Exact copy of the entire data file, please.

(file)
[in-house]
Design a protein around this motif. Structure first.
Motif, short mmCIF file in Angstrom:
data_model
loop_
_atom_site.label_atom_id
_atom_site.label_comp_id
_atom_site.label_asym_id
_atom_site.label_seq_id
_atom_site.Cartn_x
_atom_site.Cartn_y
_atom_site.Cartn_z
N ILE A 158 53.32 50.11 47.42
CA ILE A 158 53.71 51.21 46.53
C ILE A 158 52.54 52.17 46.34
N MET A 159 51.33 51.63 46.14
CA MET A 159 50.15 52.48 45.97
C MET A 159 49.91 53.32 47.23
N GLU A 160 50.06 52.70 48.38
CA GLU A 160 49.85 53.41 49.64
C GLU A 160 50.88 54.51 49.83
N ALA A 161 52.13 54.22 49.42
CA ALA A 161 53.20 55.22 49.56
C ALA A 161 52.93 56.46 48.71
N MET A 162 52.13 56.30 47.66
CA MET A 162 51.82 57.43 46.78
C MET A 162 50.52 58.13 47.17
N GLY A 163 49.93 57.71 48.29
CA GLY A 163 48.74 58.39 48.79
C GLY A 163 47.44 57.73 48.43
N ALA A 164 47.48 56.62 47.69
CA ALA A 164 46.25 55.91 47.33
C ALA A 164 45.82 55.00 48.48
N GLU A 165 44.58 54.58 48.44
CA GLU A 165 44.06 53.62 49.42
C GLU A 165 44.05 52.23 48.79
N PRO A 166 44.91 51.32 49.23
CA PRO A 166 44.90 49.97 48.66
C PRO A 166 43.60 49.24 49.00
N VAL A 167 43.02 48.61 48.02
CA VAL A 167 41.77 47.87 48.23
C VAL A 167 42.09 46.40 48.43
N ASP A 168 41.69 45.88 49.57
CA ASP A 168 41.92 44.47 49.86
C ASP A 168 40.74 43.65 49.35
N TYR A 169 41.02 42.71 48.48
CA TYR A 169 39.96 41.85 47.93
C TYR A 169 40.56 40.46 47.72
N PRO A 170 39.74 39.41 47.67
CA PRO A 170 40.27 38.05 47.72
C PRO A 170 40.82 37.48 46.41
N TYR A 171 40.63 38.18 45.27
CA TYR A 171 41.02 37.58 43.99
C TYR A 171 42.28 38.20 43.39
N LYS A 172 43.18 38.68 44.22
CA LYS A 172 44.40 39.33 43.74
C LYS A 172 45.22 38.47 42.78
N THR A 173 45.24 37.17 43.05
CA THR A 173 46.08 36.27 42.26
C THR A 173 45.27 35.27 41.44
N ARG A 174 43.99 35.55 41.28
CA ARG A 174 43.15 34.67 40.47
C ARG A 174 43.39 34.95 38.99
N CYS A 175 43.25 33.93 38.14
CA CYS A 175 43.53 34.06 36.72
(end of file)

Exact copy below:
[in-house]
Design a protein around this motif. Structure first.
Motif, short mmCIF file in Angstrom:
data_model
loop_
_atom_site.label_atom_id
_atom_site.label_comp_id
_atom_site.label_asym_id
_atom_site.label_seq_id
_atom_site.Cartn_x
_atom_site.Cartn_y
_atom_site.Cartn_z
N ILE A 158 53.32 50.11 47.42
CA ILE A 158 53.71 51.21 46.53
C ILE A 158 52.54 52.17 46.34
N MET A 159 51.33 51.63 46.14
CA MET A 159 50.15 52.48 45.97
C MET A 159 49.91 53.32 47.23
N GLU A 160 50.06 52.70 48.38
CA GLU A 160 49.85 53.41 49.64
C GLU A 160 50.88 54.51 49.83
N ALA A 161 52.13 54.22 49.42
CA ALA A 161 53.20 55.22 49.56
C ALA A 161 52.93 56.46 48.71
N MET A 162 52.13 56.30 47.66
CA MET A 162 51.82 57.43 46.78
C MET A 162 50.52 58.13 47.17
N GLY A 163 49.93 57.71 48.29
CA GLY A 163 48.74 58.39 48.79
C GLY A 163 47.44 57.73 48.43
N ALA A 164 47.48 56.62 47.69
CA ALA A 164 46.25 55.91 47.33
C ALA A 164 45.82 55.00 48.48
N GLU A 165 44.58 54.58 48.44
CA GLU A 165 44.06 53.62 49.42
C GLU A 165 44.05 52.23 48.79
N PRO A 166 44.91 51.32 49.23
CA PRO A 166 44.90 49.97 48.66
C PRO A 166 43.60 49.24 49.00
N VAL A 167 43.02 48.61 48.02
CA VAL A 167 41.77 47.87 48.23
C VAL A 167 42.09 46.40 48.43
N ASP A 168 41.69 45.88 49.57
CA ASP A 168 41.92 44.47 49.86
C ASP A 168 40.74 43.65 49.35
N TYR A 169 41.02 42.71 48.48
CA TYR A 169 39.96 41.85 47.93
C TYR A 169 40.56 40.46 47.72
N PRO A 170 39.74 39.41 47.67
CA PRO A 170 40.27 38.05 47.72
C PRO A 170 40.82 37.48 46.41
N TYR A 171 40.63 38.18 45.27
CA TYR A 171 41.02 37.58 43.99
C TYR A 171 42.28 38.20 43.39
N LYS A 172 43.18 38.68 44.22
CA LYS A 172 44.40 39.33 43.74
C LYS A 172 45.22 38.47 42.78
N THR A 173 45.24 37.17 43.05
CA THR A 173 46.08 36.27 42.26
C THR A 173 45.27 35.27 41.44
N ARG A 174 43.99 35.55 41.28
CA ARG A 174 43.15 34.67 40.47
C ARG A 174 43.39 34.95 38.99
N CYS A 175 43.25 33.93 38.14
CA CYS A 175 43.53 34.06 36.72